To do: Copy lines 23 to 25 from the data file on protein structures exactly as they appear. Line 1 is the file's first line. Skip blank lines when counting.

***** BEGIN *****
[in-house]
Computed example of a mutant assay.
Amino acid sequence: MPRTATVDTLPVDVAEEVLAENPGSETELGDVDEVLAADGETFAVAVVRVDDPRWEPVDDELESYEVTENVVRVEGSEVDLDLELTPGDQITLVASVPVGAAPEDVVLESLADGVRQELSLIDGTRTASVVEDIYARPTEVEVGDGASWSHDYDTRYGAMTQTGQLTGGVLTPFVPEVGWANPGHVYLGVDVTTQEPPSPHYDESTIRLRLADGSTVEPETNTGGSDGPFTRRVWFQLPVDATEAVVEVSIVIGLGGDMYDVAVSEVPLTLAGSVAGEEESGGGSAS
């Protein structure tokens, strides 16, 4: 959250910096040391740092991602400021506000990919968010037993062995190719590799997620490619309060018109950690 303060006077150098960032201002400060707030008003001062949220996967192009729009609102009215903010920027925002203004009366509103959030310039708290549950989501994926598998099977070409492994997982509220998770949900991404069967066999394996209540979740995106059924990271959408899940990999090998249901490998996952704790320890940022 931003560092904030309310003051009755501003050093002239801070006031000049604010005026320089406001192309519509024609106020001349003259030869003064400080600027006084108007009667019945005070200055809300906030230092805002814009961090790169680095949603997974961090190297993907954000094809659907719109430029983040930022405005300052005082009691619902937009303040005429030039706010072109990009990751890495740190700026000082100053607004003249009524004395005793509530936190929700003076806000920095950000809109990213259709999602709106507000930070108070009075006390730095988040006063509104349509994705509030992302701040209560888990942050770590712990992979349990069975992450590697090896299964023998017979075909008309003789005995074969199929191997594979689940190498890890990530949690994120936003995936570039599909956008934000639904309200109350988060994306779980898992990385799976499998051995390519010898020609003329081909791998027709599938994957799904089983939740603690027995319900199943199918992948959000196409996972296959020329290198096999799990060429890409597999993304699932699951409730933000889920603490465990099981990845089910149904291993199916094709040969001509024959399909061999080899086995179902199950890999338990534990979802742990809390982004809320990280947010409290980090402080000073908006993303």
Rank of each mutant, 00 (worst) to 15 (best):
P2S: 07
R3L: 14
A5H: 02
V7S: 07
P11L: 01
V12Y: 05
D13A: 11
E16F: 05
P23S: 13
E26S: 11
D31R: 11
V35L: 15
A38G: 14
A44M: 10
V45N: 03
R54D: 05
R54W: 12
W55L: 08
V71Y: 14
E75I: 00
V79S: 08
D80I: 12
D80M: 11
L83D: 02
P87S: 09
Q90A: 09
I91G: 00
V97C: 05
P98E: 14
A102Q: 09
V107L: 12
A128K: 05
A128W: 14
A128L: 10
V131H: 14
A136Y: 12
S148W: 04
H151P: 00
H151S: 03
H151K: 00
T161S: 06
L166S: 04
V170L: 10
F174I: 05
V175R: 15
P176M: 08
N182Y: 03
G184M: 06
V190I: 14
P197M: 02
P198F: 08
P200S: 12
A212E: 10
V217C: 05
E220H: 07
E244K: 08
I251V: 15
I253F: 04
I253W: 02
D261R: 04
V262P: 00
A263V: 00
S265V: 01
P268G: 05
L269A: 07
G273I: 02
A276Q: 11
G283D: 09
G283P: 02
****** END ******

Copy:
W55L: 08
V71Y: 14
E75I: 00